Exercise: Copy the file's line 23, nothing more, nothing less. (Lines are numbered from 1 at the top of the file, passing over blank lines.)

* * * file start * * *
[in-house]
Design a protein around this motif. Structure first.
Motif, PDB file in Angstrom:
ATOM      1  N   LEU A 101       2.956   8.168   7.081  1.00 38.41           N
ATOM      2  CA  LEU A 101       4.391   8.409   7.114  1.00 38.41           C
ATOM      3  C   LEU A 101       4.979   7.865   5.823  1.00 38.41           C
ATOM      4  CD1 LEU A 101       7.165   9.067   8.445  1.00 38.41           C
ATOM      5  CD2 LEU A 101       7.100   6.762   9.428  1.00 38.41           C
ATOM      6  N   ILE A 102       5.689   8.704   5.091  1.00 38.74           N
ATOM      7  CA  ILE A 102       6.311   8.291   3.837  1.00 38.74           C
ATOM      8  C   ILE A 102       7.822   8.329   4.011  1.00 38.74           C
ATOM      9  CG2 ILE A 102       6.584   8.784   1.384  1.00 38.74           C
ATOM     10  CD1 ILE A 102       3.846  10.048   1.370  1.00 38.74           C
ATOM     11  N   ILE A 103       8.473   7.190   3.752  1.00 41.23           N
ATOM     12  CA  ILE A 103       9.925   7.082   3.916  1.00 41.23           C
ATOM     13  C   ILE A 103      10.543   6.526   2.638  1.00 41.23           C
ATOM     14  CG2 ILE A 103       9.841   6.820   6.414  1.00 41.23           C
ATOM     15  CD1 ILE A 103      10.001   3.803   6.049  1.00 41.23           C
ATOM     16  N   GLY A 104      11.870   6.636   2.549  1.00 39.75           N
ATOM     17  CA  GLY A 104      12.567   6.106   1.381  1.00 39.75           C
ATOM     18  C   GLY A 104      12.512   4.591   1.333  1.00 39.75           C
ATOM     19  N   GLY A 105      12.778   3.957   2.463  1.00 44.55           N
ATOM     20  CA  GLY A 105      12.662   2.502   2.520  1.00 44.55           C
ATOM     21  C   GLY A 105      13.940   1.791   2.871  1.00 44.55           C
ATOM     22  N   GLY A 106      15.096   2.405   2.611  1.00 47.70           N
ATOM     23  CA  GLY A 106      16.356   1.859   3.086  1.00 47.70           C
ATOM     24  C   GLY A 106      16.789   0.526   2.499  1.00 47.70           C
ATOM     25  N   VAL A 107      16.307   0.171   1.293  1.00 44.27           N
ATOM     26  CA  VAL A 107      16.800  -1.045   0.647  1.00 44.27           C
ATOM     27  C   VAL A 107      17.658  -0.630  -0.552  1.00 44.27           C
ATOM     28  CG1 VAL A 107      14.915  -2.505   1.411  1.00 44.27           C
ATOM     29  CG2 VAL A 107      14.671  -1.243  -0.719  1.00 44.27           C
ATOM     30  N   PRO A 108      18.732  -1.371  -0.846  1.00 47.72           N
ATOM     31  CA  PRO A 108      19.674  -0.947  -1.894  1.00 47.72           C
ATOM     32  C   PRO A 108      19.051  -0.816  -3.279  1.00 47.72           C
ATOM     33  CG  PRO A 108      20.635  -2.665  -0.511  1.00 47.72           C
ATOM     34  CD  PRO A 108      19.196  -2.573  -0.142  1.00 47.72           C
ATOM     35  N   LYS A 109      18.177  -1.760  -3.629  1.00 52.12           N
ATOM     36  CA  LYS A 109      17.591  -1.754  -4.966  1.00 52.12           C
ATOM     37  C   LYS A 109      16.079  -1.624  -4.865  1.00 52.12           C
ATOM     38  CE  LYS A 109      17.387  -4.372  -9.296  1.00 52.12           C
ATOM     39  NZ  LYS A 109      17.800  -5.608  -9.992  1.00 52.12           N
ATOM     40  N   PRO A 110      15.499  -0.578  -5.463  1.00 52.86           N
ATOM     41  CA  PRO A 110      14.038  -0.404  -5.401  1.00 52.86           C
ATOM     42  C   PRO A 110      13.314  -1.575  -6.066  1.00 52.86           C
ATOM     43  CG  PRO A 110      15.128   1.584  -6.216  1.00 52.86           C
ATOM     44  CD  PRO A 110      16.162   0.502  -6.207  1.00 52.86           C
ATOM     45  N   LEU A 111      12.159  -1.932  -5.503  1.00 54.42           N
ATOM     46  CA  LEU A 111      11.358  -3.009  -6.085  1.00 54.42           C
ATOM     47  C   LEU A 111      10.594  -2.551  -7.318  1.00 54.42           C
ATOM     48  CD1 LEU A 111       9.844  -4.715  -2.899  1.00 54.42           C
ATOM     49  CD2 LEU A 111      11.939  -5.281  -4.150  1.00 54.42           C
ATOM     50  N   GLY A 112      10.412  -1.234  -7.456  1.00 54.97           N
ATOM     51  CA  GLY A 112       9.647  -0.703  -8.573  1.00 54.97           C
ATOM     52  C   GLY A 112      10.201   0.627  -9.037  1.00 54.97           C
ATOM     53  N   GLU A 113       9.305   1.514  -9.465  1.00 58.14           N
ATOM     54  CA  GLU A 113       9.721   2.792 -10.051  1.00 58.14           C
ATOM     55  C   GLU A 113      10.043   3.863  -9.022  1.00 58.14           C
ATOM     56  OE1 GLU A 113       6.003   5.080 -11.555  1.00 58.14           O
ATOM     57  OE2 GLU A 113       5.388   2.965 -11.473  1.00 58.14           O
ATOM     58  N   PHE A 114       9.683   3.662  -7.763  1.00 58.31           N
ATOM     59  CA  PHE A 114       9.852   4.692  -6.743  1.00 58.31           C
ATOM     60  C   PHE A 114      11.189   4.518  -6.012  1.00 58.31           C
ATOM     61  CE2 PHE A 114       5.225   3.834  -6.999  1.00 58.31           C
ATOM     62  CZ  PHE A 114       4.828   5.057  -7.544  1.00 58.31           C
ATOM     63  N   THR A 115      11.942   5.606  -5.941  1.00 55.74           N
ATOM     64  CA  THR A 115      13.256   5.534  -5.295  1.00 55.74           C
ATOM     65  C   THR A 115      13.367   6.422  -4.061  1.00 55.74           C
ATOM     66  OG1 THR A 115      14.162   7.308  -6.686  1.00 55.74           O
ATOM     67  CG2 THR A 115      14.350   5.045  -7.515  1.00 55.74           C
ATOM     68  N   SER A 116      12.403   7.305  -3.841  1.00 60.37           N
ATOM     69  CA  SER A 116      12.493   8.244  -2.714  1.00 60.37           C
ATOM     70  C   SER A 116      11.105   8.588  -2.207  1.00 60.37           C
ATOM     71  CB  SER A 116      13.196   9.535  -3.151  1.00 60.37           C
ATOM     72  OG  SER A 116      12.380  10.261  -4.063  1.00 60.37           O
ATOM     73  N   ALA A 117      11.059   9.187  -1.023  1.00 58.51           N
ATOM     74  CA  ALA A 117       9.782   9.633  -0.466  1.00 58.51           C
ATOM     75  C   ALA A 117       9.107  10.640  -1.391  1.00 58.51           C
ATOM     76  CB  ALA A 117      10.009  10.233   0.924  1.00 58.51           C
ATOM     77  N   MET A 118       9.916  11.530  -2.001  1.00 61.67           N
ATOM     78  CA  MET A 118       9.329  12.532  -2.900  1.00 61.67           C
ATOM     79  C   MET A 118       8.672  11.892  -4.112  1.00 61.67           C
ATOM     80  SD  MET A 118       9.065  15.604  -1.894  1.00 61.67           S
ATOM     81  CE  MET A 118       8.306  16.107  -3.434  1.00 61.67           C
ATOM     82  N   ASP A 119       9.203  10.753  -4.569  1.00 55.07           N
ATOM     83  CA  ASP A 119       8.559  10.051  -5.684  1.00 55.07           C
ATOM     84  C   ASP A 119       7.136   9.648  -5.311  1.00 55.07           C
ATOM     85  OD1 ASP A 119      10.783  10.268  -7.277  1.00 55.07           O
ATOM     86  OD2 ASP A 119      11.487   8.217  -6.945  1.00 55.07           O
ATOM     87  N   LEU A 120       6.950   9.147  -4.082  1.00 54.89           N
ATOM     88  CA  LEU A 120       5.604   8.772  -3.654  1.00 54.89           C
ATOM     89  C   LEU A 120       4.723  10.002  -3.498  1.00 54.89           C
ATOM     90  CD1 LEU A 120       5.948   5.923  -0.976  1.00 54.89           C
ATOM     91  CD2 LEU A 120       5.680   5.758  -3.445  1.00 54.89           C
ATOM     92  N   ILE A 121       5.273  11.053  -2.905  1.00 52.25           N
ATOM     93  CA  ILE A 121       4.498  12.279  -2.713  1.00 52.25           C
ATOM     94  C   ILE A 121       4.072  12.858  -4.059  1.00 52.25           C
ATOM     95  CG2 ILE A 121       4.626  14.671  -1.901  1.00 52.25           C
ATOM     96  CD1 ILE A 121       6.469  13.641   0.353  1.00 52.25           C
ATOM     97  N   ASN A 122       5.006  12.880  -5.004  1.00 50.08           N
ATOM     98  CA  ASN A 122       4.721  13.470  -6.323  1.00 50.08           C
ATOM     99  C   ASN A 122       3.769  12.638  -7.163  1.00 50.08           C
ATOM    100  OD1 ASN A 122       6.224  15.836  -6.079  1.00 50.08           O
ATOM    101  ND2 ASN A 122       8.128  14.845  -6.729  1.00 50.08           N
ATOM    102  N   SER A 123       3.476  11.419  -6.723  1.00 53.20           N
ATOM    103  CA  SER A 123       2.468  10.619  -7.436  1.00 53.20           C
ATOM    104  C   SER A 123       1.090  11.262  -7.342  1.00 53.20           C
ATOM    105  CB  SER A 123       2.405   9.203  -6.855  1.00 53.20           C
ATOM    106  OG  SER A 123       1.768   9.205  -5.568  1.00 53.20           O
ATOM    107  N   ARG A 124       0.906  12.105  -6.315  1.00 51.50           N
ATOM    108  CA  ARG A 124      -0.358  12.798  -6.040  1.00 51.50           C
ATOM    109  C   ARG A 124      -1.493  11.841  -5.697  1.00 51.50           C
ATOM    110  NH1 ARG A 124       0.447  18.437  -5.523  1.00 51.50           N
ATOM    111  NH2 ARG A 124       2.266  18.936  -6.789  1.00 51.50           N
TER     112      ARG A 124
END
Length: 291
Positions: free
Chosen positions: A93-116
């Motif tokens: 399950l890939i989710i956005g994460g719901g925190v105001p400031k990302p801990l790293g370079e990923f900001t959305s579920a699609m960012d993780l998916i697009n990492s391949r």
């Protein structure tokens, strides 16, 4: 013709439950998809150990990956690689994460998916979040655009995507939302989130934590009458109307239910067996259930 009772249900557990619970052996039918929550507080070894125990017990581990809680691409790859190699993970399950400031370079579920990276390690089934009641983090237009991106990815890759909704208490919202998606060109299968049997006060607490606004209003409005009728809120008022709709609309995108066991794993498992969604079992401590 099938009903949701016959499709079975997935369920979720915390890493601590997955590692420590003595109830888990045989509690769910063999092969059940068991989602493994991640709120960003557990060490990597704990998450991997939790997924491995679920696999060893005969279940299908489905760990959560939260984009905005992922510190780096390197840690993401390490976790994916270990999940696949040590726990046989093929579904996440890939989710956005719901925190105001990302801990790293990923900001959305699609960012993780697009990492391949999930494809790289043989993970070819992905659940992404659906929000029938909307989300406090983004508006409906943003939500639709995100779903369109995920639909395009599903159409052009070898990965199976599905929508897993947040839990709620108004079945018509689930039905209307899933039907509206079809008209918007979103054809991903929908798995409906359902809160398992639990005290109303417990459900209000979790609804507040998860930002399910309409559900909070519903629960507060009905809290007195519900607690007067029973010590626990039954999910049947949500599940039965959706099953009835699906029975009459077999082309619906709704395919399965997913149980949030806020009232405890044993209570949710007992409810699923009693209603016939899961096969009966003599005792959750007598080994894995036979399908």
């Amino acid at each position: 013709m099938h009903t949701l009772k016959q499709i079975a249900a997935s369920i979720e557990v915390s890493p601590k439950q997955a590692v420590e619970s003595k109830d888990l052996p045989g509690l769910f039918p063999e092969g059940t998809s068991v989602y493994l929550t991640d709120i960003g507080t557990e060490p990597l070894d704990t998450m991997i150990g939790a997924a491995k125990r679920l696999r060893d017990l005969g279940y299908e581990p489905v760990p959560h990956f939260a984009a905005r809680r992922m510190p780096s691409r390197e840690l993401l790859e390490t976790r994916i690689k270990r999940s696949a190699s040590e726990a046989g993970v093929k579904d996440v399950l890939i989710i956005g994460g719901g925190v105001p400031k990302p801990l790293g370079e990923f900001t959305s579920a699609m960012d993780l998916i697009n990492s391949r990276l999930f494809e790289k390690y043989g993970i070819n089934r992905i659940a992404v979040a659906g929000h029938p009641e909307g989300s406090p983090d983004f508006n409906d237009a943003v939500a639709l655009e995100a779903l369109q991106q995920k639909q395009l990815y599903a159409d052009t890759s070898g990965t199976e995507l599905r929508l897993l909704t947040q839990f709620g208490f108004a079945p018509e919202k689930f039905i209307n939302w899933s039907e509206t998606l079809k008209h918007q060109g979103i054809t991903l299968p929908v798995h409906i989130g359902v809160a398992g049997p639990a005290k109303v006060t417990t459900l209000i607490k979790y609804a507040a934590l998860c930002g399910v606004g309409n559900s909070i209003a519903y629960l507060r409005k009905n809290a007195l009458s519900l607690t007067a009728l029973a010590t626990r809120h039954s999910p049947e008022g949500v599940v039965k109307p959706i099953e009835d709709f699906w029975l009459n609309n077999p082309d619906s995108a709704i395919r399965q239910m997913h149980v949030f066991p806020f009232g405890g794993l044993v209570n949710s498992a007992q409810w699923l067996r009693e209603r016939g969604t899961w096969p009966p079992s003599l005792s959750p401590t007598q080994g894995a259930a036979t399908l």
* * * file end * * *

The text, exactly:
ATOM     20  CA  GLY A 105      12.662   2.502   2.520  1.00 44.55           C